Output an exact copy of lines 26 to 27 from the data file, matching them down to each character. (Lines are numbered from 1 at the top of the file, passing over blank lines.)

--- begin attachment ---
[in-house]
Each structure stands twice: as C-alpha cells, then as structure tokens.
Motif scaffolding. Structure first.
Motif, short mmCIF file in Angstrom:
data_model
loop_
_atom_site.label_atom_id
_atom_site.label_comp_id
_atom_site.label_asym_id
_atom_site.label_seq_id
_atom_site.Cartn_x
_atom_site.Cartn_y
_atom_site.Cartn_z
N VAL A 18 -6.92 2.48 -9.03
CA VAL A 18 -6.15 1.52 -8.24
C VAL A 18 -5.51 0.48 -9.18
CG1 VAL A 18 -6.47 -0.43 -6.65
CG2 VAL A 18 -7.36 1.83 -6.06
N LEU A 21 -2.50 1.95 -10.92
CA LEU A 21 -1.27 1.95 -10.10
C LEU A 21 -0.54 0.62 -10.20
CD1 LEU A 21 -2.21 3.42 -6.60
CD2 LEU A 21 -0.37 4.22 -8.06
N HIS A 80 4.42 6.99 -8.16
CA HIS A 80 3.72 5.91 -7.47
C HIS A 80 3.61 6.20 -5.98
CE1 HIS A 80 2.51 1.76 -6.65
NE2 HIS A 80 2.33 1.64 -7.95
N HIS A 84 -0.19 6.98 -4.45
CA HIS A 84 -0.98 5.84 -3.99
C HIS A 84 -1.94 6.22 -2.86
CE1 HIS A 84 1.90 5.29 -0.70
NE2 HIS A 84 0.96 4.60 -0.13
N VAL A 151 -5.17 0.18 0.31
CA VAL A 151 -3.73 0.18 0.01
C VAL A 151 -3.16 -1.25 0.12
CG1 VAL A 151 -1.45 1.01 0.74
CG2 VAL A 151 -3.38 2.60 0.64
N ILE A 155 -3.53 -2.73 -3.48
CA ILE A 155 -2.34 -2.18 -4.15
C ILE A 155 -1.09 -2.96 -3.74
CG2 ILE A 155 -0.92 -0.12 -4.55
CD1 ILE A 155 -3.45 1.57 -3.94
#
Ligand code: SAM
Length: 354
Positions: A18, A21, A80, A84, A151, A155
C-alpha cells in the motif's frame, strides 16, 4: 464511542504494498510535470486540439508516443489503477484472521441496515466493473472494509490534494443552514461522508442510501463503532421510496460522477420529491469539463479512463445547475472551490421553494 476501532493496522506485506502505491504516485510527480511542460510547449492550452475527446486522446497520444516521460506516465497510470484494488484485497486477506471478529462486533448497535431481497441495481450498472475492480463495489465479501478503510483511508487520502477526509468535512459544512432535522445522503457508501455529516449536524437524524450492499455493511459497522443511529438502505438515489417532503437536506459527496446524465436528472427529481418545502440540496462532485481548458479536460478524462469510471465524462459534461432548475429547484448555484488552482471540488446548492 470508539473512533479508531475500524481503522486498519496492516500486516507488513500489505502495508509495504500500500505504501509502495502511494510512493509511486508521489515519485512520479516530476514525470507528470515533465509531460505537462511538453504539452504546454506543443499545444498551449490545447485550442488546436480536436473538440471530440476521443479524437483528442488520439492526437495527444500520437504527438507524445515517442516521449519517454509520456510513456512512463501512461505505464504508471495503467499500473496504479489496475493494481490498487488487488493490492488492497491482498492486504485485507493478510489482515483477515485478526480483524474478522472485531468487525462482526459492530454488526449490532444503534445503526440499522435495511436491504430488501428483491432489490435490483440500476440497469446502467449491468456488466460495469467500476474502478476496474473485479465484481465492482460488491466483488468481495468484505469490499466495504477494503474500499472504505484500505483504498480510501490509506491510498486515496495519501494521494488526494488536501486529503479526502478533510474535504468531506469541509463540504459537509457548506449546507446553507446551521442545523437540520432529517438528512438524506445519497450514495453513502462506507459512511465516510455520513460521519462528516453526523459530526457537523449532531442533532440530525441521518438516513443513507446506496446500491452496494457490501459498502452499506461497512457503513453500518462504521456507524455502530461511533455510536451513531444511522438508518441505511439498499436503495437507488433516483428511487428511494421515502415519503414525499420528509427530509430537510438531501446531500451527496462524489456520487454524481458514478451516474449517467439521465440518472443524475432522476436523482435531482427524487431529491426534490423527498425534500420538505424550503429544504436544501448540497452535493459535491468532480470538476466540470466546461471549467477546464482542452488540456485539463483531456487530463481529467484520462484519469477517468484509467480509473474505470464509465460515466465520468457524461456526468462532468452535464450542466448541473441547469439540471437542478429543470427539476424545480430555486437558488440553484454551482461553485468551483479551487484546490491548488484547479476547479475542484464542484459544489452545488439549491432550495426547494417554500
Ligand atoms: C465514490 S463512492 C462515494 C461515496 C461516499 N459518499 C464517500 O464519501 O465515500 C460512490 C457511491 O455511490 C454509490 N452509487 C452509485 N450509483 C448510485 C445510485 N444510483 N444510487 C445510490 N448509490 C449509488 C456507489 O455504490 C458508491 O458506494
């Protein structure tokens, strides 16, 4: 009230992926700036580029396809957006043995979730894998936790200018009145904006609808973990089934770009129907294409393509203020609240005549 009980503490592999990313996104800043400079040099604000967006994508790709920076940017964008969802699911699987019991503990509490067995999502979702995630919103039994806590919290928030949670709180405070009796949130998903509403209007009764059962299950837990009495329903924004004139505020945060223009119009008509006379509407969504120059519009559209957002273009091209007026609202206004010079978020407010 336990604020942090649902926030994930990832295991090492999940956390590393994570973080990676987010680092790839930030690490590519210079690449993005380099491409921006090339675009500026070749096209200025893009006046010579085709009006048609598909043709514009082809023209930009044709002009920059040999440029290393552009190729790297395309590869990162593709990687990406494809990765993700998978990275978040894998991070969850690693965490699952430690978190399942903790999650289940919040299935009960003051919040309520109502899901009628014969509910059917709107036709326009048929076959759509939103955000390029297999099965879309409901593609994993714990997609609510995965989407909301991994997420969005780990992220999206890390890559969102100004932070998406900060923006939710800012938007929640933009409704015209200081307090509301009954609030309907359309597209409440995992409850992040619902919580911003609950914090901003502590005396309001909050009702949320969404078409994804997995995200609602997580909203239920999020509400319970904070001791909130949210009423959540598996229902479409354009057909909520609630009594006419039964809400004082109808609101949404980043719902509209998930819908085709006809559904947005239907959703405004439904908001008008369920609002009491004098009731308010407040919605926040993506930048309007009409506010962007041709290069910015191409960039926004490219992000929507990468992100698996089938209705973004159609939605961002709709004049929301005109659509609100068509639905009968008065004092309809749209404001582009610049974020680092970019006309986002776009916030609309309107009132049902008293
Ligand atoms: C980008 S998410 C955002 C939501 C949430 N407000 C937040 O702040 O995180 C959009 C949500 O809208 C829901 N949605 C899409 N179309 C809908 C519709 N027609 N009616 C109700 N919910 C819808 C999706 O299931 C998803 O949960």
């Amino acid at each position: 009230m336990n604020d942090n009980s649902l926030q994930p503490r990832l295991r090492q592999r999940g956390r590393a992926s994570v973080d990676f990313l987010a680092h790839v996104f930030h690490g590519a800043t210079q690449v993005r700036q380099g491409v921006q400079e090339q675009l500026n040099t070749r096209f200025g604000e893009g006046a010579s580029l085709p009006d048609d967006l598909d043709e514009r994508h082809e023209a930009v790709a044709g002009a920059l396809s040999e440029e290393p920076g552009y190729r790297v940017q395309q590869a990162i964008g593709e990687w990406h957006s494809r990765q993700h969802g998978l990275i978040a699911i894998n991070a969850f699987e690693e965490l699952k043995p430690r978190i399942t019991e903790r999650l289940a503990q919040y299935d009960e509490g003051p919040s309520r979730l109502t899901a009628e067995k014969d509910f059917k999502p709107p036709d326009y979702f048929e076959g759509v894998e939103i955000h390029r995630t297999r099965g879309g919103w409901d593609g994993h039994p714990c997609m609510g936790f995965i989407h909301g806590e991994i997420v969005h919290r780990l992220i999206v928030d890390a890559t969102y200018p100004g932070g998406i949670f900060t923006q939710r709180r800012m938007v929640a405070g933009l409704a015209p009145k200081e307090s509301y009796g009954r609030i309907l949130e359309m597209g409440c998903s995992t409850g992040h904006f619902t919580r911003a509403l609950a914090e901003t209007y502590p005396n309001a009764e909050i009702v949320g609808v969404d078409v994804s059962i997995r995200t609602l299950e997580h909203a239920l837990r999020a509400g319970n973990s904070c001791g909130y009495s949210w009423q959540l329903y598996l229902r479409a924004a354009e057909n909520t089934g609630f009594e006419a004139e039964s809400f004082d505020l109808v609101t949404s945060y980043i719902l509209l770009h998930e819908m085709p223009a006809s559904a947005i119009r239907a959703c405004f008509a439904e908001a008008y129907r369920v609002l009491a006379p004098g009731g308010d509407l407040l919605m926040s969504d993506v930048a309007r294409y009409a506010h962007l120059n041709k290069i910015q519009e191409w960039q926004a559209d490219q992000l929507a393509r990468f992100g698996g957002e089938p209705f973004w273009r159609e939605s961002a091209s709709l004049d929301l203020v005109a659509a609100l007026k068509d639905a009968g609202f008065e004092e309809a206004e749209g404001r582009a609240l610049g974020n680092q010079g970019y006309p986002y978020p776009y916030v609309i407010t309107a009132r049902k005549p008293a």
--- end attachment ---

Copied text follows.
C HIS A 80 3.61 6.20 -5.98
CE1 HIS A 80 2.51 1.76 -6.65